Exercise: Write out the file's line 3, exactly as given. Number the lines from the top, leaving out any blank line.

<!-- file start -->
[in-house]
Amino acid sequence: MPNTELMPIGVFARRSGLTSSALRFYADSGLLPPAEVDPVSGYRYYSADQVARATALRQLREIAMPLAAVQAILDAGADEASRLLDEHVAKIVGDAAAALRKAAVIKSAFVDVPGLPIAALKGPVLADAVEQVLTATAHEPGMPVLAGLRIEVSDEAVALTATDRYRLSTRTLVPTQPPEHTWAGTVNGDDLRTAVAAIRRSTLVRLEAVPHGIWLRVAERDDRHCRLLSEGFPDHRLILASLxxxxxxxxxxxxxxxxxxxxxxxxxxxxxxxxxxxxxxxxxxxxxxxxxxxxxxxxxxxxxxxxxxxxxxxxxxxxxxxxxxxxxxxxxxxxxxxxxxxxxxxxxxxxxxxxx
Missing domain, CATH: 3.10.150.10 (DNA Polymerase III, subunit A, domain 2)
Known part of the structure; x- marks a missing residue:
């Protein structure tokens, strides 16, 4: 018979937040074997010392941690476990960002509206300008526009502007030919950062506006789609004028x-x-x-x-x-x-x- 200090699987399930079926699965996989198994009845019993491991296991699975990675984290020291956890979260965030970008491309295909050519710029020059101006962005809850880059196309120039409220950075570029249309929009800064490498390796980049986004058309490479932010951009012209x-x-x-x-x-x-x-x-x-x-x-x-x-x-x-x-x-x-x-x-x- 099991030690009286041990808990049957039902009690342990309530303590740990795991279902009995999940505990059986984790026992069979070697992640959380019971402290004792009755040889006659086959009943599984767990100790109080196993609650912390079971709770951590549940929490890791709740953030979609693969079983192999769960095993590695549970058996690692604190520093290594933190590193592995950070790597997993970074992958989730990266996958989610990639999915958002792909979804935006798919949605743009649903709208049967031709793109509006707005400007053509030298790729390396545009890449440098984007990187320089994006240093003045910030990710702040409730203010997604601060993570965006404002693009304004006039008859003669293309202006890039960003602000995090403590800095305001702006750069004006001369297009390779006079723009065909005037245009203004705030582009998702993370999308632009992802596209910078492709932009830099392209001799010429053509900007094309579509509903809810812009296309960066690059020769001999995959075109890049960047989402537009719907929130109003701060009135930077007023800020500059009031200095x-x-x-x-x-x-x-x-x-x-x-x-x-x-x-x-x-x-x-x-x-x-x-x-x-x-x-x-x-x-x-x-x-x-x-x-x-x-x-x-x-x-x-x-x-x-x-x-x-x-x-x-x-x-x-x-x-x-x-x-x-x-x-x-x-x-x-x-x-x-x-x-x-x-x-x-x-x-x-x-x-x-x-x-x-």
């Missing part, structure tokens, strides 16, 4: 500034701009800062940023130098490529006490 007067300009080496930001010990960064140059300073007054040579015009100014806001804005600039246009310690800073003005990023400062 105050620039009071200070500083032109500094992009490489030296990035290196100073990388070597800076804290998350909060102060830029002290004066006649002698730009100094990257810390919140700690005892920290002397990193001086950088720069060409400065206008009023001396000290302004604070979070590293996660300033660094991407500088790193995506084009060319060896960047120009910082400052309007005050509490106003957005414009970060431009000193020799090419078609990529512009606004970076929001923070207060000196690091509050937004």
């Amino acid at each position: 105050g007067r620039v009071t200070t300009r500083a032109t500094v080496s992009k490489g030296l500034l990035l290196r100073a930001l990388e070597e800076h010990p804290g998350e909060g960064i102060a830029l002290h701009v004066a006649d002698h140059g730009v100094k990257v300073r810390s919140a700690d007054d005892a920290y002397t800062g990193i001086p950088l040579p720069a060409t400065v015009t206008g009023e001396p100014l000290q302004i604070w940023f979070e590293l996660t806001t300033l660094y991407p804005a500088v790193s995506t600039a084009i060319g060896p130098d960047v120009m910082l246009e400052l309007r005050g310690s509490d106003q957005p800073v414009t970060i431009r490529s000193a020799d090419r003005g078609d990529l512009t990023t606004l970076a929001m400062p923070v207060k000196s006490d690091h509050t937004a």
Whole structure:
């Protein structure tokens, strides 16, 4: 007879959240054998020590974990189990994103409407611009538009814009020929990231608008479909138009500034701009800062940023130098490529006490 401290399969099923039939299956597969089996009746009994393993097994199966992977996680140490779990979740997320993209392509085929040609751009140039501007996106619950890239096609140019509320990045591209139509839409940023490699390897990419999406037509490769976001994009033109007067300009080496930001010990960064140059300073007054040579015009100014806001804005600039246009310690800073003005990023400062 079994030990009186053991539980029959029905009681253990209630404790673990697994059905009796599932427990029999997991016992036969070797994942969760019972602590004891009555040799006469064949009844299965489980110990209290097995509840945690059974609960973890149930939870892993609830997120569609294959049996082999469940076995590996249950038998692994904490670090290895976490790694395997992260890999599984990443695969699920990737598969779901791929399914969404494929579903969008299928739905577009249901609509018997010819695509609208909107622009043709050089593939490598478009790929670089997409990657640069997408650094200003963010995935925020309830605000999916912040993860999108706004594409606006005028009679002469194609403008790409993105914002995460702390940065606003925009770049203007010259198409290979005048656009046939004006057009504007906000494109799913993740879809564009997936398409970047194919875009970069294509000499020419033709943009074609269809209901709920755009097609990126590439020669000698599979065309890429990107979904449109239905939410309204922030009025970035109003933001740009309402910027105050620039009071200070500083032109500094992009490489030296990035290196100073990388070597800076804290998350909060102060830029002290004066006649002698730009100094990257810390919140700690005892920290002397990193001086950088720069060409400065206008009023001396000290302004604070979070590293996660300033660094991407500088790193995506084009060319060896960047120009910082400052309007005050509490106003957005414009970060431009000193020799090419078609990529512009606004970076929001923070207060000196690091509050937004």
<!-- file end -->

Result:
Missing domain, CATH: 3.10.150.10 (DNA Polymerase III, subunit A, domain 2)